Breast Cancer Rates High Among Troops
Our military members are heroes, and even viewed as invincible, but unfortunately no one is completely invincible. Although most members of the military are normally at lower risk for most cancers than civilians, breast cancer is not one of them. Military women need to pay just as much attention to their breast health as civilian women do, because early detection is key to survival.
“Military people in general, and in some cases very specifically, are at a significantly greater risk for being diagnosed with breast cancer,” says Dr. Richard Clapp, a top cancer expect at BostonUniversity. Dr. Clapp works for the Centers for Disease Control and Prevention on military breast cancer issues and he thinks that the military is exposed to risk factors directly linked with higher chances of breast cancer diagnosis.
Although breast cancer typically is a woman’s problem, there have been mysterious spikes in the male military population as well. The American Cancer Society says typically about 2, 190 men are diagnosed with breast cancer a year, and 410 die. They found that dozens of men at CampLejeune in North Carolina were diagnosed with this disease, a total of 80 men.
Military women are 20-40% more likely to be diagnosed with breast cancer than civilian women in their age group. They believe one of the causes for this is the usage of oral contraception among the military women. However, experts are unsure why these breast cancer spikes in the military are happening. Theories include: radio emissions, chemicals, aircrew work, toxic bases, and shift work.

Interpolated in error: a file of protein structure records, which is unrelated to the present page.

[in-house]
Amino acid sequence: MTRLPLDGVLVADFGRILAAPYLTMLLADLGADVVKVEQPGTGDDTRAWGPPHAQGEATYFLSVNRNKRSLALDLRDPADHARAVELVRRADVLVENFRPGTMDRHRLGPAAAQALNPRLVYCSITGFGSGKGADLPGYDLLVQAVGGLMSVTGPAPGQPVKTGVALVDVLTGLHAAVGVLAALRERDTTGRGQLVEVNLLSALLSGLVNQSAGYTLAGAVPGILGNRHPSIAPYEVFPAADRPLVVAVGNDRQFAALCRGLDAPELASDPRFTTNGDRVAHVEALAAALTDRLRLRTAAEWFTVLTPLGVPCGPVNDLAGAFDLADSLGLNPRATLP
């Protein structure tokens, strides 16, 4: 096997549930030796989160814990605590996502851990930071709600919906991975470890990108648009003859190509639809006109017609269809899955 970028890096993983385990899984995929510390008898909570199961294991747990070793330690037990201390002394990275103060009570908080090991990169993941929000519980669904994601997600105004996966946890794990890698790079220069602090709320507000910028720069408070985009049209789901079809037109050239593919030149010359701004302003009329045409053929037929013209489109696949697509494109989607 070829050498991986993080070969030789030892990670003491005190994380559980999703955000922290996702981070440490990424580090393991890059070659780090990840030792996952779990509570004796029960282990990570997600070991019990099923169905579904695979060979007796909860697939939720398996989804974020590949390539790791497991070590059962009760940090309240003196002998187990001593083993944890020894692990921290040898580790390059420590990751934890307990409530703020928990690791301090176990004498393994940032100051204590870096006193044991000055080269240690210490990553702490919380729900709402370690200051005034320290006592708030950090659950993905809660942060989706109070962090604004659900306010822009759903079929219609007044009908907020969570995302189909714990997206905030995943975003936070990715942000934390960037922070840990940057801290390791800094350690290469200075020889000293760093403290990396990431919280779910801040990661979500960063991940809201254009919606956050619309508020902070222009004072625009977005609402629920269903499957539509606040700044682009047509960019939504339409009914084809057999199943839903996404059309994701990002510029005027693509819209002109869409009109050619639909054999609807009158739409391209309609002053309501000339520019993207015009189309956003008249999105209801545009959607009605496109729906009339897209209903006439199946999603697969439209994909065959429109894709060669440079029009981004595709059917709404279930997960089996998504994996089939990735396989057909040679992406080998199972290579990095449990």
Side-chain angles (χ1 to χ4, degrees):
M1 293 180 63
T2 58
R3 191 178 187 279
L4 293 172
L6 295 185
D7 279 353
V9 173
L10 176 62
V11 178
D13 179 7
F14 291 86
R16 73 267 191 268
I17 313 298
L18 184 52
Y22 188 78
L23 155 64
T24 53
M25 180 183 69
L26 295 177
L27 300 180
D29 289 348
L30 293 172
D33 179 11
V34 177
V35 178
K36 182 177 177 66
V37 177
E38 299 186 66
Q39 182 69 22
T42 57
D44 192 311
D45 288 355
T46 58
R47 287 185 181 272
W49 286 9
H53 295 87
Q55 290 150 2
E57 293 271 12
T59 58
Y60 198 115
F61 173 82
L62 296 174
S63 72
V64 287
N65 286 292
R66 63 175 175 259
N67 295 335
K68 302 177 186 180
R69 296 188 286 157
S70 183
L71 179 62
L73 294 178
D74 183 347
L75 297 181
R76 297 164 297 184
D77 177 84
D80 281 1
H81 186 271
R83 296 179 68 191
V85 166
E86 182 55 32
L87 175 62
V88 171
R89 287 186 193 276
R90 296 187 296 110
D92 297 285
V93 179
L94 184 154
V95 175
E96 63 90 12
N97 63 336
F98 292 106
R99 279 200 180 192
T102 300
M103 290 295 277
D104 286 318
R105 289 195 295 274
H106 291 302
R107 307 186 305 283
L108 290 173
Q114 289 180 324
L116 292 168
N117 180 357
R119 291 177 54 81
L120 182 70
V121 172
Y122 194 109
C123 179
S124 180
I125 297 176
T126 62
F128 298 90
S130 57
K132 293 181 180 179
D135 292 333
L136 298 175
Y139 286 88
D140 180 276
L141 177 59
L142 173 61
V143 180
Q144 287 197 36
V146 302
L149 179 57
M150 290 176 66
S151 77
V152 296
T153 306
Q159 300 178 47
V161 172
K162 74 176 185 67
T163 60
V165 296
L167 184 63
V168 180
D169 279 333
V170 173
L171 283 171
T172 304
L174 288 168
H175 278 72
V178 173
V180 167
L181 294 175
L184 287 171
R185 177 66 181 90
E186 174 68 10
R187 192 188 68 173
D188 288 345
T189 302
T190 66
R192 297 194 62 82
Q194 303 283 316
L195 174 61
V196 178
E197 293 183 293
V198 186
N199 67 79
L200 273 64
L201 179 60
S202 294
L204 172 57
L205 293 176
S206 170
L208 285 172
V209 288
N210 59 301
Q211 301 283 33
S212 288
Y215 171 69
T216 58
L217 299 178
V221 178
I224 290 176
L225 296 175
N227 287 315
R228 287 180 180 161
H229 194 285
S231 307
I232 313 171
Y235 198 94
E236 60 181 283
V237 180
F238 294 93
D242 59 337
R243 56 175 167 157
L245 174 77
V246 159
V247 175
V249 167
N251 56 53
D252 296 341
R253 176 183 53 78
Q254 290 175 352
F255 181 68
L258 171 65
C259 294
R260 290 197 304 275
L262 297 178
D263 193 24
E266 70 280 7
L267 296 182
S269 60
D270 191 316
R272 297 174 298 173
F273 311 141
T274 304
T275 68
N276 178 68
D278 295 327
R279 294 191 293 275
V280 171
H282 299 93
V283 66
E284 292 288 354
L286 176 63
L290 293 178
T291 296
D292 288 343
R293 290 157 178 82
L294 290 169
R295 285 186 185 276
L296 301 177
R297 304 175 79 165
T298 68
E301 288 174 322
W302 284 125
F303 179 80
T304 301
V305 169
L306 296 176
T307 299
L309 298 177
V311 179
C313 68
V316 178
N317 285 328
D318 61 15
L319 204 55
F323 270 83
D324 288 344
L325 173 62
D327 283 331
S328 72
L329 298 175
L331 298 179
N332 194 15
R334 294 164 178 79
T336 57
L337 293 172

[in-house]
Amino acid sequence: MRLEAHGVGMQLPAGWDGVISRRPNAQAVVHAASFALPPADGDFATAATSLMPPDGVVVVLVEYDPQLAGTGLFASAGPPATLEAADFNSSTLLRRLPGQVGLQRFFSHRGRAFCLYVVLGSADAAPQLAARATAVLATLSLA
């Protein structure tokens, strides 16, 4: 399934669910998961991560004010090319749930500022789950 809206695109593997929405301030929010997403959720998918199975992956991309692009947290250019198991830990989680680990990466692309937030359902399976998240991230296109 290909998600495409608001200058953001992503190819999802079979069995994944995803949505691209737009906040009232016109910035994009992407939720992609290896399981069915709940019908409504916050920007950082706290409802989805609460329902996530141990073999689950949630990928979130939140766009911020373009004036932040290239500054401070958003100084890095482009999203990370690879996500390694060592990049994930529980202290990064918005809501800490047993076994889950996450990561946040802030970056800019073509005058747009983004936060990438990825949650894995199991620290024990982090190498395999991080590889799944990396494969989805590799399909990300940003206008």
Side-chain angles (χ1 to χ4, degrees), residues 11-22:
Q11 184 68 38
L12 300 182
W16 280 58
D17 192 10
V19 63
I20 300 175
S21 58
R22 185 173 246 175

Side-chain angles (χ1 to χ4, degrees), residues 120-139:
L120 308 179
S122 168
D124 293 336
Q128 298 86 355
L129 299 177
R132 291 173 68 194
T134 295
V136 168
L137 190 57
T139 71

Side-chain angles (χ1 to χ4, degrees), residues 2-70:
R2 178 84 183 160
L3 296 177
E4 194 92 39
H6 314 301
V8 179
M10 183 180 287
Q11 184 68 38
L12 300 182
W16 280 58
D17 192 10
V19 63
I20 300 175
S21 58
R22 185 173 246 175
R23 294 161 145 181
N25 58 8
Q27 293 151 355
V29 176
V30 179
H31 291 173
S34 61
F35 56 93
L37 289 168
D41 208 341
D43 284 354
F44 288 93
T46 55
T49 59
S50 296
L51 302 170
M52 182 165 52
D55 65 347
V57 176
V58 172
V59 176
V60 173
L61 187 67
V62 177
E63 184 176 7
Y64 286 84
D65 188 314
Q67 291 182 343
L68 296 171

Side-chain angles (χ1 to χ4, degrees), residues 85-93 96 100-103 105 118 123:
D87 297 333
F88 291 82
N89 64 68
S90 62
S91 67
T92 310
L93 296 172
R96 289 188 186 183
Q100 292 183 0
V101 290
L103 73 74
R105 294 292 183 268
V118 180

“Military women are also more likely to be engaged in industrial jobs than females in the general population and are hence potentially more likely to be exposed to chemicals that may be related to breast cancer,” the researchers wrote.
Breast Cancer is just as brutal as combat for military women. From 2010 to 2011, 800 women were wounded in Iraq and Afghanistan, while 874 women were diagnosed with breast cancer. Back in 2009, it was found that more women were removed from a combat zone because of breast cancer than any other condition.
“The dog tags and camouflage are real. I am still active duty,” a woman soldier said on her blog. “I have been in for over 17 years and 2 combat deployments. In February 2011, I was diagnosed with Stage IIIB Breast Cancer, four months after being deployed to Afghanistan.”
It is important for our military women to perform self exams, receive annual exams, especially in light of these statistics. No one is invincible, check yourself and spread awareness to your loved ones!
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